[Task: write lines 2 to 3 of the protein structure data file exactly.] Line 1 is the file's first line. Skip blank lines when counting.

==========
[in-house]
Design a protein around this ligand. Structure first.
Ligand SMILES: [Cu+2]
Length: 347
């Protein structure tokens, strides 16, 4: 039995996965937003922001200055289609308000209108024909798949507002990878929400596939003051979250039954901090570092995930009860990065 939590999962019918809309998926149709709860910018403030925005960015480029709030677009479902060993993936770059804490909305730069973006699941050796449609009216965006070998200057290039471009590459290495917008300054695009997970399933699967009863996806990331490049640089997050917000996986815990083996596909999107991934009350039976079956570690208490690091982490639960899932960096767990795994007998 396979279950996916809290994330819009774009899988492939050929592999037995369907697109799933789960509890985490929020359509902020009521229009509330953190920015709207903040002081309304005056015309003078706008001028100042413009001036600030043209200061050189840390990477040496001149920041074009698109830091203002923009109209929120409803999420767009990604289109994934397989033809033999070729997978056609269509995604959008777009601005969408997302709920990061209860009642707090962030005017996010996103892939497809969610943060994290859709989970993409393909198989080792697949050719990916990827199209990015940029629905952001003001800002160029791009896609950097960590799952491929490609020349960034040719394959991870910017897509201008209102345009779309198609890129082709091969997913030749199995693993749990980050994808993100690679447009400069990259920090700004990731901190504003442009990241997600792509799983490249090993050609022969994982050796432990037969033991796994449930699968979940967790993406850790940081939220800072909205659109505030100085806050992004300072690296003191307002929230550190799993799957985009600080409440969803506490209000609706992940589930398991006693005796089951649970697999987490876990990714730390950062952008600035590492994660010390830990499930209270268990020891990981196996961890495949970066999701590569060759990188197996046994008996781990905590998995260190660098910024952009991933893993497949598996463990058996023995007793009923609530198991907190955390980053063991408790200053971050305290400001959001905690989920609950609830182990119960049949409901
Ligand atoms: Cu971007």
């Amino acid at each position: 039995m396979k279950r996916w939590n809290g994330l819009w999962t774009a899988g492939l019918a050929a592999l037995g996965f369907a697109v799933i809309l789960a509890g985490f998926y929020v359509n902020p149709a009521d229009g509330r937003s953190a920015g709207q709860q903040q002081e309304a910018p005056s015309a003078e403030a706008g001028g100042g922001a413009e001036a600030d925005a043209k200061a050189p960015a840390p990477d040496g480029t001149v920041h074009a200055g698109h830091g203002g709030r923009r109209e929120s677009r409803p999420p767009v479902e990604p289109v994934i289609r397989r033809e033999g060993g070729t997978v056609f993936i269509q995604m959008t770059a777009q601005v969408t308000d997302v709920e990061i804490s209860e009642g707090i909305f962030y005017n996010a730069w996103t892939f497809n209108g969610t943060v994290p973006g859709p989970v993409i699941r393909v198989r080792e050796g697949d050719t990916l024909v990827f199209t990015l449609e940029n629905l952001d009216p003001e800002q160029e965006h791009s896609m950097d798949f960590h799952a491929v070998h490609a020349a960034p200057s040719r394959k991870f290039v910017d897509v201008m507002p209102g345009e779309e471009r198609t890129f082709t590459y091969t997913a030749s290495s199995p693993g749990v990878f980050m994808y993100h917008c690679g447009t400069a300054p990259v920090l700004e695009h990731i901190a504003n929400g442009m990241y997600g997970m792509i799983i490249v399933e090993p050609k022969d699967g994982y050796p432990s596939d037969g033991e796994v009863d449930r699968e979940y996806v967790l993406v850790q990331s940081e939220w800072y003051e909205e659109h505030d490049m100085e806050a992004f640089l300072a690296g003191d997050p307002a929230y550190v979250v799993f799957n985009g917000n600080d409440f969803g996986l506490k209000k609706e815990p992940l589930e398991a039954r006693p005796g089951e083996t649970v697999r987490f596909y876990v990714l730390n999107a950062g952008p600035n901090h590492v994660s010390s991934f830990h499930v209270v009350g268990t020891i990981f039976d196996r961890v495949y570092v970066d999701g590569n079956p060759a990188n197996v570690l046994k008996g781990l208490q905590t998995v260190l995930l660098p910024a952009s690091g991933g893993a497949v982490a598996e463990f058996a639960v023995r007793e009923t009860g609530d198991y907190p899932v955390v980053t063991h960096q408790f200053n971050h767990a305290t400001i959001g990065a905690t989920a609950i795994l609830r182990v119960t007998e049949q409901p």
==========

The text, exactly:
Design a protein around this ligand. Structure first.
Ligand SMILES: [Cu+2]